Without grassroots, independent culture there is no culture. And without culture, there’s a gaping hole in our economy and society.
Since the beginning of the Covid-19 crisis, I have had a continuous, resounding, repeating anxiety when it comes to thinking about our cultural sector (when I say culture, I mean nightlife, pubs, clubs, restaurants, festivals and the arts).
My fear has been this – “What if only the strong survive?”
I’ve spent a long time leading, investigating, thinking about and being a part of regeneration projects, creative development and innovation. I’ve seen the big masterplans for city regeneration, the £30 million “knock the old structures down” designs and the development corporation’s “build the business park and they will come” ideas. Sometimes they work, sometimes they don’t. We do and will always need the big top down approaches, but what nearly always works, anywhere, across the globe from Bilbao to Brixton, Belfast to Berlin is culture and cultural regeneration.
I have come to believe that the most important players in any economy but particularly within our cultural economy are the small, the independent and often grassroots businesses. They are the innovators and the entrepreneurs. You know the ones, the arts venue built with love and a bit of MDF, the street food business that trawled the streets for years before getting its first shop, the micro-pub that is now the semi-permanent home of both your best friend and your favourite Gin/locally brewed beer. It’s the theatre in a disused building that brought you the play that then headlined at Edinburgh. It’s the old pub that your heroes played in when they were nobodies and the place most of us still gig in, whilst trying to ‘make it’. Basically – the soul of towns and villages and cities.
The ‘who we are’ of Great Britain, not the ‘what we are’ or ‘what we produce’ The character, the personality and the heartbeat of the places we love and call home.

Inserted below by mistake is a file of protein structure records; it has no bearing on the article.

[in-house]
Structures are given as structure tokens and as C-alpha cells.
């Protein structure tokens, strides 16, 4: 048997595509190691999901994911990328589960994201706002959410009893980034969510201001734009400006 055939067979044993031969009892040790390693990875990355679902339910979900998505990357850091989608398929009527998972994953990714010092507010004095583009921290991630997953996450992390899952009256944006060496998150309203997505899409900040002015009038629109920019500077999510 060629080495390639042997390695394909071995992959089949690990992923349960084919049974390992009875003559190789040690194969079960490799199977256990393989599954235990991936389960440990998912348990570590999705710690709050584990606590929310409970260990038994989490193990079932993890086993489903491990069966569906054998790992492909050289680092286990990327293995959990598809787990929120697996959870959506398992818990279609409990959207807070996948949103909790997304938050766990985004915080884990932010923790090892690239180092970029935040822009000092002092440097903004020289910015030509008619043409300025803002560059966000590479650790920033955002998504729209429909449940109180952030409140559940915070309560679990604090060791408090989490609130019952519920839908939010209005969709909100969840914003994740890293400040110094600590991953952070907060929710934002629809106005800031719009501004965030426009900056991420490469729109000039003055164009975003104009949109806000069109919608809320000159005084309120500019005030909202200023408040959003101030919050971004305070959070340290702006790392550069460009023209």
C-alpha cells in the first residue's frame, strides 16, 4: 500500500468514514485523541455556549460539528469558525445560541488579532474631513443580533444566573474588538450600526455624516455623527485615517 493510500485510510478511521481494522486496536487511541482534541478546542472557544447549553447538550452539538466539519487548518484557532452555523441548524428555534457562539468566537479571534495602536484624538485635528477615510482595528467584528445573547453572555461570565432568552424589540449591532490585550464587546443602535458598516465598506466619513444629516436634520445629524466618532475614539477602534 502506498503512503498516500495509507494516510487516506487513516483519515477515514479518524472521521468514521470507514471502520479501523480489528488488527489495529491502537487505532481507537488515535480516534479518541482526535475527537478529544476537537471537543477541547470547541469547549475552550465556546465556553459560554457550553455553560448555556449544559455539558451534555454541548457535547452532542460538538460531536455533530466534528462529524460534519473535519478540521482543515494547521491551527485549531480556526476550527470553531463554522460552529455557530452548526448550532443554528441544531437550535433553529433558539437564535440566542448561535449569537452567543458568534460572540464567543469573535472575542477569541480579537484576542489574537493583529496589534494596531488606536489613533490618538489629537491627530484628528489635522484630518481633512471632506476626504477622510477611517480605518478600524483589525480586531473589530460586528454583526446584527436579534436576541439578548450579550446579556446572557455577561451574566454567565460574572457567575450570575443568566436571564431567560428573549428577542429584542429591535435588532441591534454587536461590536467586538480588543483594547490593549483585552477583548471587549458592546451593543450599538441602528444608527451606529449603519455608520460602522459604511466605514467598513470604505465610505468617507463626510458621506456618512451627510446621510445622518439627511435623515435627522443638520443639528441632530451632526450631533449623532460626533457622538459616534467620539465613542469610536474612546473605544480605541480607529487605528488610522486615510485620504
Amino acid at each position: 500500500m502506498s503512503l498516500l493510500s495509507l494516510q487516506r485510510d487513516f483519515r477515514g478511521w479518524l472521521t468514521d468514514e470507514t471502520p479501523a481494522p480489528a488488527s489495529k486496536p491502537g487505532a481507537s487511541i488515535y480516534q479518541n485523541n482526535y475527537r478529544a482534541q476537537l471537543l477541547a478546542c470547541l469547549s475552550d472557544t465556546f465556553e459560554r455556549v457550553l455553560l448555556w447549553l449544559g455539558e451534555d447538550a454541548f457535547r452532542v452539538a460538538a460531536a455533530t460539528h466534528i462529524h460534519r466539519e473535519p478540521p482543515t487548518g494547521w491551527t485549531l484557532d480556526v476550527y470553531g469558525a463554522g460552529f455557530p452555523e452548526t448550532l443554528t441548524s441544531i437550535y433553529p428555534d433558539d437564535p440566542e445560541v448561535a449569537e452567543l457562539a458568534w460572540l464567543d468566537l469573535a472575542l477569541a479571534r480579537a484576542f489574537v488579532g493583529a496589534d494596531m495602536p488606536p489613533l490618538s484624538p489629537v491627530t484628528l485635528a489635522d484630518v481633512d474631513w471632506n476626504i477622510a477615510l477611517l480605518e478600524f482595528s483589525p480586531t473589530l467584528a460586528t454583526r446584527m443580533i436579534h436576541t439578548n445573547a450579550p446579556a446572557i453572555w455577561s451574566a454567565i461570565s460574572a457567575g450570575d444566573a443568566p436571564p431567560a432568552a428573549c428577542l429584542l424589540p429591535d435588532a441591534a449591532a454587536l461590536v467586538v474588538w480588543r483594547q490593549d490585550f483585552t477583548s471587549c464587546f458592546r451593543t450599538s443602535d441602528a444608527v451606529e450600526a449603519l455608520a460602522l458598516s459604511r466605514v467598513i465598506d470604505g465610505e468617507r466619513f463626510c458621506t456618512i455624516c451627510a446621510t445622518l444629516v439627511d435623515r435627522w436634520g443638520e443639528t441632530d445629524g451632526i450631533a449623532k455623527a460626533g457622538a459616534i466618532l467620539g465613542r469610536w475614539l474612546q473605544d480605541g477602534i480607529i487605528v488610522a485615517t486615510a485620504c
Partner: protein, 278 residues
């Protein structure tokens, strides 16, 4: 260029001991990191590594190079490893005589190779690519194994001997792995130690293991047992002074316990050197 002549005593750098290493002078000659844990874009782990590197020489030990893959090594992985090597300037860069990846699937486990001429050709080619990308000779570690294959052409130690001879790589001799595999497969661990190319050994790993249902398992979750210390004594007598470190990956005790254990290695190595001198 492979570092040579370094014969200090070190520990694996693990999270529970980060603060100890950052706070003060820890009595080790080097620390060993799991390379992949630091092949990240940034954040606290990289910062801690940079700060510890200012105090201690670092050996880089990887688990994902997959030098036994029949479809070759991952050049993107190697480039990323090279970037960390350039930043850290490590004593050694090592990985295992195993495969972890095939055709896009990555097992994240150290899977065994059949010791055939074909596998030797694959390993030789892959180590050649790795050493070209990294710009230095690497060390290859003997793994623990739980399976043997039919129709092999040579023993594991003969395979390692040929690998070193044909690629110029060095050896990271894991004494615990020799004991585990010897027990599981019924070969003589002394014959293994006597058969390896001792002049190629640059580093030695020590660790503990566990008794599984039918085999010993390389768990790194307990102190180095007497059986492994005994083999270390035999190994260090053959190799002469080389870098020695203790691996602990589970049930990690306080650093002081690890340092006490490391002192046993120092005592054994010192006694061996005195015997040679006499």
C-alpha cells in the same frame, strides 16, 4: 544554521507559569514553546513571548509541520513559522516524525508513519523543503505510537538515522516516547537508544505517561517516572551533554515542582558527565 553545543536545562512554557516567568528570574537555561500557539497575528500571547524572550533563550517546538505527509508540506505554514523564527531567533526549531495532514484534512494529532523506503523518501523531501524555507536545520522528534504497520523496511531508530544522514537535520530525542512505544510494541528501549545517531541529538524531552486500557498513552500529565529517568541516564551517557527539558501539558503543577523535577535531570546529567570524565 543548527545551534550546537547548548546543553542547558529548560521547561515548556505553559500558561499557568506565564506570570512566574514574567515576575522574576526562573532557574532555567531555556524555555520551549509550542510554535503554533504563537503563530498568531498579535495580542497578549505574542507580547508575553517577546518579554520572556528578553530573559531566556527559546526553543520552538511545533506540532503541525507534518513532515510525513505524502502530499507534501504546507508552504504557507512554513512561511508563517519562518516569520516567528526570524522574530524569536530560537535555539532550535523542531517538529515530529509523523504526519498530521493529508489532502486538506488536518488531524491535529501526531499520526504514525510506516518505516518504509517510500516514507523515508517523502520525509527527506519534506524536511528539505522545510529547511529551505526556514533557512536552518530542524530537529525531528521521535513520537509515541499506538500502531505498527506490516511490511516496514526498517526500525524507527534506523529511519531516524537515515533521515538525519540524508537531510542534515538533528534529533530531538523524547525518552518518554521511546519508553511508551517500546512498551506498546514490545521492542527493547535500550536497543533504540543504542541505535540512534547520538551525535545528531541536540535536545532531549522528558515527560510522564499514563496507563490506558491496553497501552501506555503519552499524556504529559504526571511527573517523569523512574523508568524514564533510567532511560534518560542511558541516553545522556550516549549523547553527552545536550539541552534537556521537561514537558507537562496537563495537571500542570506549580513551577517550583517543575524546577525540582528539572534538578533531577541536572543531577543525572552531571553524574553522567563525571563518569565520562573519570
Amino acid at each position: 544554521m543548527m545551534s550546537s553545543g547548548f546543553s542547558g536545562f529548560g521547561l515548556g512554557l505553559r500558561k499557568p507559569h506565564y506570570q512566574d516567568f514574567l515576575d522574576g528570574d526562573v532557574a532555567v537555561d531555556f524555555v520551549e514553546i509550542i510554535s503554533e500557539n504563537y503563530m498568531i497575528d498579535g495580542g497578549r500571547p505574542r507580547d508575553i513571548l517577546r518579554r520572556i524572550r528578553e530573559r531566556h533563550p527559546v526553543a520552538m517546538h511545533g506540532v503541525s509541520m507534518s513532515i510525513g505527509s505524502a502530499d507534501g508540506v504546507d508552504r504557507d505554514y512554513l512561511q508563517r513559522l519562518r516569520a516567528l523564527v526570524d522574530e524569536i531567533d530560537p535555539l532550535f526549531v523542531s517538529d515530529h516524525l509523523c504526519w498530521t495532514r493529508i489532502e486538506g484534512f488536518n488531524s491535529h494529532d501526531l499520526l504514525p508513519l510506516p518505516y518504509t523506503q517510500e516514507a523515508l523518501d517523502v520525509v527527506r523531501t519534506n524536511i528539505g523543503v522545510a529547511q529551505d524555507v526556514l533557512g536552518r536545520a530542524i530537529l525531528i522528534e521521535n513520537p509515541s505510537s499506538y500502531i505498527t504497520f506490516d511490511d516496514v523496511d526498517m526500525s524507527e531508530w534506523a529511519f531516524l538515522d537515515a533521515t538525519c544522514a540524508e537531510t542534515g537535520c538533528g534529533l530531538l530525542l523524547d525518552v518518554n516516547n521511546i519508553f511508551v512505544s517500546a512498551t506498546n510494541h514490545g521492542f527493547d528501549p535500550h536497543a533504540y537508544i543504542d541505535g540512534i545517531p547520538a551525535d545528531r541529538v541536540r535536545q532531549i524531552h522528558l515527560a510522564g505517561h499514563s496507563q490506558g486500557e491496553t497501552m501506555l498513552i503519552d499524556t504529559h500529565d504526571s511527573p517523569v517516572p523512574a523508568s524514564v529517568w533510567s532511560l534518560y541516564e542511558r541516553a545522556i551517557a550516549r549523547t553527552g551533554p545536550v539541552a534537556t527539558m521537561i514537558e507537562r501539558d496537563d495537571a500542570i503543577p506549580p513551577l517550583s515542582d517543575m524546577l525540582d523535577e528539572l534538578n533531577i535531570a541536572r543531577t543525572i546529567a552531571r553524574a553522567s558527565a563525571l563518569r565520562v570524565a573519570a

Let’s look at the numbers: hospitality employs 3.2 million people, produces £130 billion towards GDP every year. The cultural and creative sector produces £10.8billion a year to the UK economy and generates a further £23billion a year and 363,700 jobs. When the Hospitality Union started calling for support early on in the Covid crisis, estimating 2 million jobs could be lost UK wide, I was one of the first in the North East to join their call, and I coordinated a North East response via Food and Drink North East. We got some of what we asked for but not all. When the Venues Trust and Music Trust launched their campaign for a cultural rescue plan, I quickly backed their call and added my voice to their campaign. I was pleased the government responded; but, just like so many interventions in the government’s response to the crisis, they have been slow and geared towards the big companies.
When I heard just this week about the closure of The Welly and Polar Bear in Hull, and Gorilla and the Deaf Institute in Manchester, my heart sank and my anxieties heightened. When I heard the silent mutterings about a known and loved eatery desperately worried they won’t earn back their Covid Crisis loan and unsure of how to keep their landlord at bay, I felt deeply uneasy. You see, to me, the big institutions and the multi-nationals stand on the shoulders of our small independent businesses. They come because someone came before – big corporations are rarely the pioneers, they often aren’t the risk takers and rarely are they the creators and innovators. But for a place to thrive you need all of these things. So whatever is done, at a local, regional and national level, if we don’t favour the small, if we don’t write policies with them in mind, then we may as well say goodbye to all that makes us strong. To all that makes us, us.
But the problem is, the Conservatives rarely seem to favour the small, they don’t tend to make decisions with the little guy in mind. Just look at some of their recent controversies in the Jenrick cash for favours or the type of schemes and companies being supported by our current Conservative Tees Valley Mayor. It’s the big, the flashy, the mate of the mate of at the £50,000 fundraising dinner, the headline winning proposal that has more gloss than grit. But I have come to expect little less. They are after all a party funded by the big, the rich and the powerful. They pay lip service to the small and sometimes they do ok, throwing a little cash about here and there, but when it comes down to it, when the rubber hits the road, will it be Joe’s Gin Bar and Lula’s DIY music hall that weathers the storm and gets their support, or will it be the Multi-national land owner who is second cousin of the PM? I hope I am wrong but the signs so far say we stand on shaky ground.